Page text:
We understand that the legal jargon of the ITC’s initial determination regarding Standard Innovation® Corporation’s patent can be confusing. Here are the most frequently asked questions and concerns—answered and clarified.
Q1. What does the January 8, 2013, United States International Trade Commission (ITC) initial determination made in its investigation related to Standard Innovation® Corporation’s patent on the C-shaped device that is worn while making love mean for retailers and distributors?
A1. The ITC initial determination is a finding by the ITC’s Administrative Law Judge (ALJ) that Standard Innovation’s patent is valid, and that Lelo Inc.’s Tiani, Tiani 2 and Mahana products infringe Standard Innovation’s U.S. Patent No. 7,931,605. Retailers and distributors who sell any infringing product leave themselves open to a claim for patent infringement and associated remedies, including damages and an injunction.
Q2. Why did Standard Innovation start this legal action?
A2. Standard Innovation started this legal action in December 2011, shortly after Standard Innovation became aware that Lelo was selling products that Standard Innovation considered to be infringing its patent. It was necessary for Standard Innovation to pursue this course of action to protect the company’s valuable intellectual property.
Q3. What does Standard Innovation’s patent for the We-Vibe® device cover?
A3. As a strict legal matter, the claims of the patent describe exactly what the patent covers. As a general matter, Standard Innovation’s U.S. Patent No. 7,931,605 relates to sexual stimulation devices worn by a woman during intercourse that are C-shaped. Specifically, the patent is directed to a device dimensioned to be worn by a female during intercourse that includes an inner arm dimensioned for placement inside a vagina, an outer arm dimensioned for placement against a clitoral area, and a connecting portion that connects the inner and outer arms.
Q4. If I sell Lelo’s Tiani, Tiani 2 or Mahana products, will I have to pay damages to Standard Innovation?
A4. Retailers and distributors who sell Lelo’s Tiani, Tiani 2 or Mahana products do risk facing legal actions from SIC, which is committed to using all means available through courts and administrative agencies, such as the ITC, in the U.S., Canada and elsewhere around the world to protect its valuable intellectual property rights.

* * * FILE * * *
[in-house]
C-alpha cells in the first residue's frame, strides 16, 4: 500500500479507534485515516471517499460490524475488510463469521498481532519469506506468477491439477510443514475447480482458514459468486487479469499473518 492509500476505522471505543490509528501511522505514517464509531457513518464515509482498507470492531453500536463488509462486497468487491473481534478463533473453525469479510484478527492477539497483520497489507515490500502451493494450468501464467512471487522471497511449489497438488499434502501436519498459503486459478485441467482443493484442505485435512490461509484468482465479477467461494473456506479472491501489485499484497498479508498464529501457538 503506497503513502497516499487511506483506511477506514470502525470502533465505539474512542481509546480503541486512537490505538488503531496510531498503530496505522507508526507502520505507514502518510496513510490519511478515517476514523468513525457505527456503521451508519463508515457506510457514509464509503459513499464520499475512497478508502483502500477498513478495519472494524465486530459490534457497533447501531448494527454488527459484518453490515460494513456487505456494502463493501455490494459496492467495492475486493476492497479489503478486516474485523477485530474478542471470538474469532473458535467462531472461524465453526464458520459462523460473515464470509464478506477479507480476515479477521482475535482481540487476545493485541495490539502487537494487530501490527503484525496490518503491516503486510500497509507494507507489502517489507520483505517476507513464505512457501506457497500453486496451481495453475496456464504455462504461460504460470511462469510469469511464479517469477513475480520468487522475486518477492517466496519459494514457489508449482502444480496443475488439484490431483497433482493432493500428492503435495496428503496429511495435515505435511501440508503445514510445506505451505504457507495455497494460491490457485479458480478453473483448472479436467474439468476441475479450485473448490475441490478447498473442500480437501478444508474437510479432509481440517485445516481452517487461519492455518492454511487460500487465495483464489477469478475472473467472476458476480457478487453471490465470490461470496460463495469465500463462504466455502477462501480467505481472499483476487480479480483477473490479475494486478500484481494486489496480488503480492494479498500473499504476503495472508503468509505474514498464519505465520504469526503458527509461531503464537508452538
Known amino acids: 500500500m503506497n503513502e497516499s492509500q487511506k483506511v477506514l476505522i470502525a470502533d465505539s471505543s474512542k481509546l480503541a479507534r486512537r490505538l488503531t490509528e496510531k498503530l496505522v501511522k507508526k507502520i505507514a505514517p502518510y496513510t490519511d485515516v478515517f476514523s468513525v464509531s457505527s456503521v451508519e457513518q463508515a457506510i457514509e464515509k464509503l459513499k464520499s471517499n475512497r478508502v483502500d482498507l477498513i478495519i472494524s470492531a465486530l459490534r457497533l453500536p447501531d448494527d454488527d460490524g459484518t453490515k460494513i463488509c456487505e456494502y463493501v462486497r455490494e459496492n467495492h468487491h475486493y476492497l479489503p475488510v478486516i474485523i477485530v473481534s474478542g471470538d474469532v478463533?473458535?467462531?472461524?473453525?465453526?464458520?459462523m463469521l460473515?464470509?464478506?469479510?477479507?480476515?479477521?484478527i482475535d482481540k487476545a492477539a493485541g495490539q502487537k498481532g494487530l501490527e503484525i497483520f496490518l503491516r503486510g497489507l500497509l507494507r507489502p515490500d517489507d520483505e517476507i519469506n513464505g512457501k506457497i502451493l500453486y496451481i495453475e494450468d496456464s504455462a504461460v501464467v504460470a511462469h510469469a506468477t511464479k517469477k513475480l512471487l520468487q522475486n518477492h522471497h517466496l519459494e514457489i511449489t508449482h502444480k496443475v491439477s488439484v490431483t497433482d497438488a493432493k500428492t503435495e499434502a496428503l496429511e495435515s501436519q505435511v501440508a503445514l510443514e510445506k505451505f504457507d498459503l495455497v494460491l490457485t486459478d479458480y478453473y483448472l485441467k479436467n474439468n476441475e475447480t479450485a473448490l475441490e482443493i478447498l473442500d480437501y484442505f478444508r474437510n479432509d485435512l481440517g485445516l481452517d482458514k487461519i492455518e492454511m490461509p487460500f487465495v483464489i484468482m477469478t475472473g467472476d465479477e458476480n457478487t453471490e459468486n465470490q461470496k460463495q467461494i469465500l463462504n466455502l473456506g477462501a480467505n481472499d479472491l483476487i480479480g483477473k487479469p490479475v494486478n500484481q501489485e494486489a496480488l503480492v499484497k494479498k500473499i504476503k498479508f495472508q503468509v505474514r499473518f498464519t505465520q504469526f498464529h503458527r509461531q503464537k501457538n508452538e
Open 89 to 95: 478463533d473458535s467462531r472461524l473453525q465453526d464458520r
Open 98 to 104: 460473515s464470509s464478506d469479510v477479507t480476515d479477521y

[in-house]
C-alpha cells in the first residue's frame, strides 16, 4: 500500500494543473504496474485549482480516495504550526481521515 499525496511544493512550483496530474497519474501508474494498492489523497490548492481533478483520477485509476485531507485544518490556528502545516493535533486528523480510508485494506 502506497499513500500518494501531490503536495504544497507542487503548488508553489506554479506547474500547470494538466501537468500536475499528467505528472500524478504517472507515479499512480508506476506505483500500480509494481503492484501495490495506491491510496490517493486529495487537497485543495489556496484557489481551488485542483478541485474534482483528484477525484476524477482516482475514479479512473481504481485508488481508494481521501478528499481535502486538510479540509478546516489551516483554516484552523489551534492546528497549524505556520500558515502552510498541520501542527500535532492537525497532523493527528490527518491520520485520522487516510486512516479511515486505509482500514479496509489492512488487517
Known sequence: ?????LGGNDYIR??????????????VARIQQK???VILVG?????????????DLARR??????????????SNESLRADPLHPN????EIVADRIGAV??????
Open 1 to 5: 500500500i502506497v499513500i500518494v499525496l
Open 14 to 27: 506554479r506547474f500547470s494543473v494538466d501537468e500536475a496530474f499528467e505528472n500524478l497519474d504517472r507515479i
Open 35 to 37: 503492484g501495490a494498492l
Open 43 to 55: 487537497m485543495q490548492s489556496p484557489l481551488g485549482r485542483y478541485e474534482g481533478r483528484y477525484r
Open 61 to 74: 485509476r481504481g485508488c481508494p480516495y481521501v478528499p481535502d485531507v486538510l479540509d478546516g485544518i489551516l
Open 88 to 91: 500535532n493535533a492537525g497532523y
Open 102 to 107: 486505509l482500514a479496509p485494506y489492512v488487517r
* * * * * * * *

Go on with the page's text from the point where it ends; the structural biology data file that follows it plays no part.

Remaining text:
Q5. What is the amount of damages that I would have to pay
A5. A court of law decides the damages, which can be increased if the patent is willfully violated.
Q6. Is the ITC decision final?
A6. No, this is an interim decision by the ALJ. The final determination by the full Commission is expected by May 2013.
Q7. What should I do with my inventory of Tiani, Tiani 2 and Mahana?
A7. Standard Innovation suggests that you contact Lelo.
Q8. What countries could be affected by the ITC’s decision? How could they be affected?
A8. While the ITC has jurisdiction only to prevent importation and sale of infringing products in the United States, patents have been granted that cover the We-Vibe® device in Canada, Australia, China, Hong Kong, and Mexico, in addition to the United States, and patent applications are pending in Europe, Brazil, India and Korea. Legal actions are also underway in the Federal courts of the United States and Canada.
Q9. This is an initial determination. Will the outcome change with a later ruling?
A9. Both parties have exercised the option to petition the ITC to change its ruling.
Q10. When will the “final” determination be made by the ITC?
A10. Barring any extensions by the ITC, Standard Innovation expects the final determination from the ITC in May 2013.
Q11. What happens next?
A11. Standard Innovation will consider legal actions against any companies, including distributors and retailers, that market and sell products that infringe our patents or that otherwise violate Standard Innovation’s intellectual property rights, including the sale of counterfeit products, in the US and abroad.
In addition to the ITC proceeding, Standard Innovation has ongoing and separate patent infringement actions in the Federal Courts of the United States and Canada against Lelo’s allegedly infringing devices. In these actions, Standard Innovation seeks monetary damages as well as other available relief. Furthermore, in the United States, Standard Innovation asserts a claim of willful infringement, a finding of which can result in treble damages and payment of attorneys fees. Anyone selling devices in view of the public infringement finding of the ITC’s ALJ may be subject to a willful infringement claim.